Thursday, May 10, 2018

Madrigals Tour to Ireland: May 8-17, 2018

Hello and welcome to the SMWC Choirs blog! I am Dr. Tracy Richardson, Chair of the Department of Music and Theatre, and guest blogger. I will do my best to post photos and keep you apprised of our journey through the emerald isle! 

The Madrigals are on a wonderful trip to Ireland! Actually, it is the “Madrigals+”. The choir comprises students who are in Madrigals, Chorale, and Woods Vocal Ensemble as well as some alumnae. Why Ireland (you might ask)? Associate Professor and Director of Choirs, Michael Boswell, chose Ireland as the destination for the 2018 choir tour to celebrate the 60thyear of the founding of the Madrigals by Sister Marie Brendan Harvey who was half Irish; in fact, her mother was born in Kinsale, one of the areas we will visit on this tour.

Pre-Tour: May 6-7, Ireland Camp

“Ireland Camp” was a time for the choir to have some intense rehearsal times together and to learn about Irish culture! We had a wonderful and entertaining seminar presented by Sr. Jan Craven on Celtic Spirituality, History, and Culture. We learned that Celtic people were originally spread throughout much of Europe and into present day Turkey. Centuries ago the Romans pushed them further and further west until they landed on the island we now know as Ireland. 

Celtic Spirituality includes believing God is everywhere... within and all around us. There is a deep sense of social justice. They value being “relational” over being “rational”. There is an importance placed on "intentional uselessness," or “wasting time with God” because we are human “beings” instead of human “doings” (meant to be content with being instead of always busying ourselves with doing). 

(We also learned that Sr. Jan may just have another career ahead of her…one as a stand-up comedienne!)

There is also a deep connection between the foundress of our college, St. Mother Theodore Guerin, and Celtic culture. Mother Theodore was born in the French province of Brittany, on the west coast of France. This is an area where many Celts settled instead of making the “jump” across the ocean to Ireland when they were pushed westward. In addition, many of the Sisters of Providence over the 178 year history of SMWC were Irish.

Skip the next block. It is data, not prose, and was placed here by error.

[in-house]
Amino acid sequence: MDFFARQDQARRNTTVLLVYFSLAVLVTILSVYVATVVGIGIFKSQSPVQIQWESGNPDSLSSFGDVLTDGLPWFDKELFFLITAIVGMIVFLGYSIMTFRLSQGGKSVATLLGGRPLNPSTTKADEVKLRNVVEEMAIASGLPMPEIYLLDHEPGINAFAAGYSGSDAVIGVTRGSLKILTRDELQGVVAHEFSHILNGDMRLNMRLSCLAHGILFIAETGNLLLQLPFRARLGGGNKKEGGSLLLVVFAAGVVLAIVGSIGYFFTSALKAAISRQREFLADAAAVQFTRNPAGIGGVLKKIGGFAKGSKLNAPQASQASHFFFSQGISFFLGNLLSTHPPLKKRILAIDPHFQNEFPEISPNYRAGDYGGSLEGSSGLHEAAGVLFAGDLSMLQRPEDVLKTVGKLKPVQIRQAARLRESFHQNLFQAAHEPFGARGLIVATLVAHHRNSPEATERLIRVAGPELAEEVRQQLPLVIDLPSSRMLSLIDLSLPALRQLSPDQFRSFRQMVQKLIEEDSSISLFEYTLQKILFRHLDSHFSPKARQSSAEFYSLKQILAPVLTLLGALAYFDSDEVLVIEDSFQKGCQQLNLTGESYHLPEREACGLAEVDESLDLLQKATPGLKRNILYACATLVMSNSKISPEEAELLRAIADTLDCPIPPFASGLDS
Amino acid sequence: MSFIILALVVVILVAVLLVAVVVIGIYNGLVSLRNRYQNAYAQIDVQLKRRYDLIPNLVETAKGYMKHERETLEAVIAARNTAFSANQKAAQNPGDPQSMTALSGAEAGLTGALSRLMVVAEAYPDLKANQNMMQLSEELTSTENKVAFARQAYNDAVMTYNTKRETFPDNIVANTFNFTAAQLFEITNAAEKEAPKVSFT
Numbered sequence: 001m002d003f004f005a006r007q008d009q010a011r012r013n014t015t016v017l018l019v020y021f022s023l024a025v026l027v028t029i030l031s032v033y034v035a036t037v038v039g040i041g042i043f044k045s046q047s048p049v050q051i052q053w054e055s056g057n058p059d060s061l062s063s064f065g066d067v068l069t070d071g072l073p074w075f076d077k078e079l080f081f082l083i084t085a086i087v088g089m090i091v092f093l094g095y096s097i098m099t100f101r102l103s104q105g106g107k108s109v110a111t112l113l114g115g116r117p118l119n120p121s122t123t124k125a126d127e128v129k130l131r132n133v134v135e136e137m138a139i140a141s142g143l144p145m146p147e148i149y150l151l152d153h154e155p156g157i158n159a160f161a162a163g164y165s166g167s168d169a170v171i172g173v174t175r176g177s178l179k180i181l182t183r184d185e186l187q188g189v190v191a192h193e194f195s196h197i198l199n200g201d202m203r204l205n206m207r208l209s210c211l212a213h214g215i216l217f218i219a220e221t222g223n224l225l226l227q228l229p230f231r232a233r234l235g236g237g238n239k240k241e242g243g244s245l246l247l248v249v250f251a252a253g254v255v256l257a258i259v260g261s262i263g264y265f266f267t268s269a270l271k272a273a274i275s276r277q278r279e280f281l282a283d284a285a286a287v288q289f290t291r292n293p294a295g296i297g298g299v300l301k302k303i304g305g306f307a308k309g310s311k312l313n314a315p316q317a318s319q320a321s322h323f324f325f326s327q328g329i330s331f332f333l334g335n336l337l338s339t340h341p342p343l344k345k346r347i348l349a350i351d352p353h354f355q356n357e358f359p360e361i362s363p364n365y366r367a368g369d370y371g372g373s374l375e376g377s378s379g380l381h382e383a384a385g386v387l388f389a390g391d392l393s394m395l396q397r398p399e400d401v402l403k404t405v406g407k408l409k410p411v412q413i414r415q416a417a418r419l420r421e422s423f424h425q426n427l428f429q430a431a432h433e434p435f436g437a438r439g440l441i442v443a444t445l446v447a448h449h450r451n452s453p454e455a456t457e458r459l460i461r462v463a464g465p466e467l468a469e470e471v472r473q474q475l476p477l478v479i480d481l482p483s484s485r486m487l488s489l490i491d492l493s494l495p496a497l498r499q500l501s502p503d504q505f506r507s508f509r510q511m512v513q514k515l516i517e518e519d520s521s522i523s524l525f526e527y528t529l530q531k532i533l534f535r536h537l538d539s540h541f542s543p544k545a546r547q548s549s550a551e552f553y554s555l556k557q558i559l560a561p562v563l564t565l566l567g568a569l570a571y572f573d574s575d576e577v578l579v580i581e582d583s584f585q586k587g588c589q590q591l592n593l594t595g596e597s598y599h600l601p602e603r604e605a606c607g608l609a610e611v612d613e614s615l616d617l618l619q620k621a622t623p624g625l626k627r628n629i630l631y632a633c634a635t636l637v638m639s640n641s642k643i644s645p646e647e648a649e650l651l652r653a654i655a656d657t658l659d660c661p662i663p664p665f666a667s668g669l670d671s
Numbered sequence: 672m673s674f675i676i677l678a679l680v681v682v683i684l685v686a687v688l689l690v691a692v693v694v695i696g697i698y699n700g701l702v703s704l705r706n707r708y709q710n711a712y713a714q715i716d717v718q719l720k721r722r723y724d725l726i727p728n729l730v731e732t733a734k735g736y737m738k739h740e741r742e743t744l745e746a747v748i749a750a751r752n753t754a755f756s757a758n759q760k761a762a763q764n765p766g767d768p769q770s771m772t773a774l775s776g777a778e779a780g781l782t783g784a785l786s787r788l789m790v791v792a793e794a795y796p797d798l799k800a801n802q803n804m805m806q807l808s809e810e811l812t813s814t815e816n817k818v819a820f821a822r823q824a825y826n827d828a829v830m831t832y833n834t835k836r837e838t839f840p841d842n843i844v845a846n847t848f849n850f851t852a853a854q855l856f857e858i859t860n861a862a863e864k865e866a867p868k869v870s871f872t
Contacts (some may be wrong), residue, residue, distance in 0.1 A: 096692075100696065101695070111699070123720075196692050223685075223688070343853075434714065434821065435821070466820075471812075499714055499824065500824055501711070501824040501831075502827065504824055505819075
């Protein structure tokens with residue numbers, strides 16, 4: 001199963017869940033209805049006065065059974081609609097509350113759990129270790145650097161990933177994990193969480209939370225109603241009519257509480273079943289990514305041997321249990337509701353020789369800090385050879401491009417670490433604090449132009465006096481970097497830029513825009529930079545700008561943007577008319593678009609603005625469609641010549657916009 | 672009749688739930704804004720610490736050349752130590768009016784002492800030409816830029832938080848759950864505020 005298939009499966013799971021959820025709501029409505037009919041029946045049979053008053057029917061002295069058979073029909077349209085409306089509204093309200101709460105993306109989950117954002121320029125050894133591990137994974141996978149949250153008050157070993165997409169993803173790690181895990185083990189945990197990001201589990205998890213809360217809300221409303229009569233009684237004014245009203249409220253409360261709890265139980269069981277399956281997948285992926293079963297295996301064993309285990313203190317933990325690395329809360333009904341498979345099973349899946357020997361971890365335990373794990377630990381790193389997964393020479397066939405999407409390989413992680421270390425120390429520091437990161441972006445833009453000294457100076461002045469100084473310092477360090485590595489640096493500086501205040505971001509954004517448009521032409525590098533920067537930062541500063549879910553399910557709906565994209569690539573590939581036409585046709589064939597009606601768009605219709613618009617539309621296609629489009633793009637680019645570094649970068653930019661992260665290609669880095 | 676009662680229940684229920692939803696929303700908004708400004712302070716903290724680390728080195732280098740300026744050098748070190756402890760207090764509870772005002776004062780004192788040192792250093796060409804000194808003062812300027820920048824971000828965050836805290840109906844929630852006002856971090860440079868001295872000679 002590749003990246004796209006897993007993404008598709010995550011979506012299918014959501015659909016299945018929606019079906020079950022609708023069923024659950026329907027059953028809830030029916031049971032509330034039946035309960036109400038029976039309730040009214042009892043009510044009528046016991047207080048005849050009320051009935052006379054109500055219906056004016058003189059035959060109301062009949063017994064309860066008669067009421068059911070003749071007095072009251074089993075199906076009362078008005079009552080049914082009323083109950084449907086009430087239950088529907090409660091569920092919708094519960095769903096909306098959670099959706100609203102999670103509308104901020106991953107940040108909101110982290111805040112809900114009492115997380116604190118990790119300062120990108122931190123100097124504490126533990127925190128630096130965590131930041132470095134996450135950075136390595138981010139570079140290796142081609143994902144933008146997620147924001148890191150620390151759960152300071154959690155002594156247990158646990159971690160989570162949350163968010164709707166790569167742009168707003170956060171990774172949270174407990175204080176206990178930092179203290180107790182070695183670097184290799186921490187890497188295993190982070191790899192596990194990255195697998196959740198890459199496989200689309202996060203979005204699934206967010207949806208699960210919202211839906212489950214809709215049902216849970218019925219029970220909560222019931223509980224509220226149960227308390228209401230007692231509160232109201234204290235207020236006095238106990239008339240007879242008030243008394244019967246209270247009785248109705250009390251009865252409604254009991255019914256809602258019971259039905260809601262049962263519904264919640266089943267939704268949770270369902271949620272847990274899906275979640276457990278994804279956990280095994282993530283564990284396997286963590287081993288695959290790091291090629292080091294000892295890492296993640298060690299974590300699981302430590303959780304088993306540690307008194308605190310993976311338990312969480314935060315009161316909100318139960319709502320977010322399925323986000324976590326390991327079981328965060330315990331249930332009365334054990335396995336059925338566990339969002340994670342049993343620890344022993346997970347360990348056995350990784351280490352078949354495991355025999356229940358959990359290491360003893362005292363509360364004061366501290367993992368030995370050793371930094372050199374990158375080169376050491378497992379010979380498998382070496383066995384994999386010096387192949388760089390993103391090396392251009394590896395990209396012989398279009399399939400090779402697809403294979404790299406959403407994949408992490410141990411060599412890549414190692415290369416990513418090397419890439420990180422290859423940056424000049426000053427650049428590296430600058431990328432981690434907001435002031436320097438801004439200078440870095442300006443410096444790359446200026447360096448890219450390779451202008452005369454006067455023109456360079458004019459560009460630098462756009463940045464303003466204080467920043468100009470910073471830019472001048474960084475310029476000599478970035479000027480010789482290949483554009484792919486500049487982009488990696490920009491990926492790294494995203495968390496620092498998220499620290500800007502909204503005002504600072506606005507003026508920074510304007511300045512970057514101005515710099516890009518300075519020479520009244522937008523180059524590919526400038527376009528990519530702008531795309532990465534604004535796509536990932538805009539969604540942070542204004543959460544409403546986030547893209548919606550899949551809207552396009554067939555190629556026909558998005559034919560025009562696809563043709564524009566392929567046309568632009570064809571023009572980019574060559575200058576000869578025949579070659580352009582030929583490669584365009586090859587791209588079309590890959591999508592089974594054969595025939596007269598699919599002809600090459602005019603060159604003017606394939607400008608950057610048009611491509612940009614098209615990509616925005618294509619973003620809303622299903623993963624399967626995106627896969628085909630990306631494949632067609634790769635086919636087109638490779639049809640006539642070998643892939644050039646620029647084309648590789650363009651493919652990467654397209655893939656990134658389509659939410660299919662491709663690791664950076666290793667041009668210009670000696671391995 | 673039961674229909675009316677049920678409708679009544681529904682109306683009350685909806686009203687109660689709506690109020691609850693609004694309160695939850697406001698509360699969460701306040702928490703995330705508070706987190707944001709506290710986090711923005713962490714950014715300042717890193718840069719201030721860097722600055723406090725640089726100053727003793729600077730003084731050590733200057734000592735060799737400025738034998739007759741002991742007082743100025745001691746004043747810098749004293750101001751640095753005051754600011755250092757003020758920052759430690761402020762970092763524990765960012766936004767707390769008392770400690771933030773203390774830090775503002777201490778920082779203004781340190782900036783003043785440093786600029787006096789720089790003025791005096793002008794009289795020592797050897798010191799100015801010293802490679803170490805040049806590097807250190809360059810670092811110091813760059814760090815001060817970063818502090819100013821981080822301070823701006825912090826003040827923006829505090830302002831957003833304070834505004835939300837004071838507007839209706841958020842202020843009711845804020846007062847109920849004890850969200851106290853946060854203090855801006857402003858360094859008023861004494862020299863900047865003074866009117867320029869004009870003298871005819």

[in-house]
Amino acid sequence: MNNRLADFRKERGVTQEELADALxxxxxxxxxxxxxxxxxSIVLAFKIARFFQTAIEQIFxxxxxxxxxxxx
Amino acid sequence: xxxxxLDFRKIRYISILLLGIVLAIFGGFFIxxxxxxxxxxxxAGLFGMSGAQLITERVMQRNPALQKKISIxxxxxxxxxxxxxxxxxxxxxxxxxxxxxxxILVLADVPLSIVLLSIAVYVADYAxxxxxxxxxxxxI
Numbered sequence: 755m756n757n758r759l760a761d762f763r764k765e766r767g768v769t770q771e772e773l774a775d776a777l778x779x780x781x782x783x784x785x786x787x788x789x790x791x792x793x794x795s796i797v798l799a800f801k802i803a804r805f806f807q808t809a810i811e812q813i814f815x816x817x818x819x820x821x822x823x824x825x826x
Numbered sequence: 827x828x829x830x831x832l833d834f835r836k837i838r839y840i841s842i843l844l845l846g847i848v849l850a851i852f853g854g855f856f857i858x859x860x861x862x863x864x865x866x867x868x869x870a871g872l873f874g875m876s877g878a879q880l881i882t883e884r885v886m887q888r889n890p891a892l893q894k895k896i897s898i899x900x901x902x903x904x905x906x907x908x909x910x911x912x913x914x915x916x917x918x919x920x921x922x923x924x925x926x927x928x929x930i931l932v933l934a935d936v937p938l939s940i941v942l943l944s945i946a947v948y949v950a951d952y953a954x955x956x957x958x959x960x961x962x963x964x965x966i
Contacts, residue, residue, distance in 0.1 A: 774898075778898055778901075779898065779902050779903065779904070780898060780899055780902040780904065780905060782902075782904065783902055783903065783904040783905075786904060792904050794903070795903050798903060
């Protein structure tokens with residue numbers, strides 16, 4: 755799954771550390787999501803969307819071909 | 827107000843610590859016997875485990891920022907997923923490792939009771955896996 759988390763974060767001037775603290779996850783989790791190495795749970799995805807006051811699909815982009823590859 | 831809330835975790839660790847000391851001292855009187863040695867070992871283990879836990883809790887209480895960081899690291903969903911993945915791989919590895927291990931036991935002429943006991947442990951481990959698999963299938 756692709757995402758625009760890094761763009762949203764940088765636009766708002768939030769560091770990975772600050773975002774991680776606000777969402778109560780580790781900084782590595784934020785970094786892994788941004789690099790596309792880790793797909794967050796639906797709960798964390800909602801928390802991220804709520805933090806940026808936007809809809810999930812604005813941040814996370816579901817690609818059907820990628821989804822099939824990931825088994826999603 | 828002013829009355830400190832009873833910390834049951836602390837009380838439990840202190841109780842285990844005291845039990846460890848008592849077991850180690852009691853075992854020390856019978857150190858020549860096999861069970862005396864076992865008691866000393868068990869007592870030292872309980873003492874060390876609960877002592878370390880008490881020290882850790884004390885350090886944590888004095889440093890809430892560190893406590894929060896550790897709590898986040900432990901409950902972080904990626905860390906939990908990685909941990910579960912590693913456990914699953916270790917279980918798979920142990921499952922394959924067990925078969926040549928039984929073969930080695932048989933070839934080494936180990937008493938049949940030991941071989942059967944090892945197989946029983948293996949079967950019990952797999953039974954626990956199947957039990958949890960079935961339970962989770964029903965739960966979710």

The Sisters of Providence gave us a blessing for our trip, led by Sr. Dawn Tomaszewski, General Superior. The blessing was held in the Blessed Sacrament Chapel and began with a song called “The Deer’s Cry: I Arise” followed by a quiet reflection. Sr. Dawn invited us to think of a gift we would like to receive and what we would like to offer while on the trip. Then several Sisters in attendance raised their hands and read words of blessing , wishing us safe travels, good voices, and light hearts.

Monday, May 8, 2018

We boarded the bus at noon; about 20 campus and community members were there to see us off. SMWC President, Dr. Dottie King, gathered the travelers around her and offered a blessing and prayer for our safe travels, and prayed that we might have a positive impact on those we meet. When we got settled on the bus, Dr. John McIntrye boarded long enough for us to sing the piece he arranged specifically for this tour (Be Thou My Vision).  

We headed on our way north to Chicago. We were briefly separated during check in; after half our group got through, the person working the counter took a break! The rest of the group had to wait 40 minutes to check in. This is most certainly NOT our last event on this trip where we will need to demonstrate patience!

We had a lovely 6.5 hr flight to Dublin and once there waited in the customs line for about 1.5 hrs. We saw a tower as we walked to our bus (God is love) that told us we were in the right place!

Tuesday, May 9

By the time we met our tour guide, Seamus O’Shea, we were like zombies. But Seamus and Greg (bus driver) got us safely to our first destination, Glendalough (GLEN-da-lock) meaning Valley of the two lakes. What a beautiful and sacred place. Even though it was raining quite heavily during our visit to this ancient monastery we enjoyed every minute. It was founded in the 5thc by St. Kevin. Many people came to the monastery to seek refuge; once a through the stone archway, they were safe from persecution. 

Legend has it that the original landowner, St. Lawrence O’Toole had a pet goose that was sick. St. Kevin said “If I help it recover, you have to give me all the land it flies over.” O’Toole agreed; St. Kevin talked to the goose and then it flew the entire length of the valley. St. Kevin had his land.

The round tower is a structure that now appears in other countries but originated in Ireland. It is a free standing tower that served many purposes including bell tower, place to hide valuables from intruders, and “signpost” so people could find the monastery.

St. Kevin’s church is a beautiful stone structure with a steep stone roof. It dates to the 11thc.
There are several Celtic crosses on site, including one that has been moved into the visitors’ center, the Market Cross.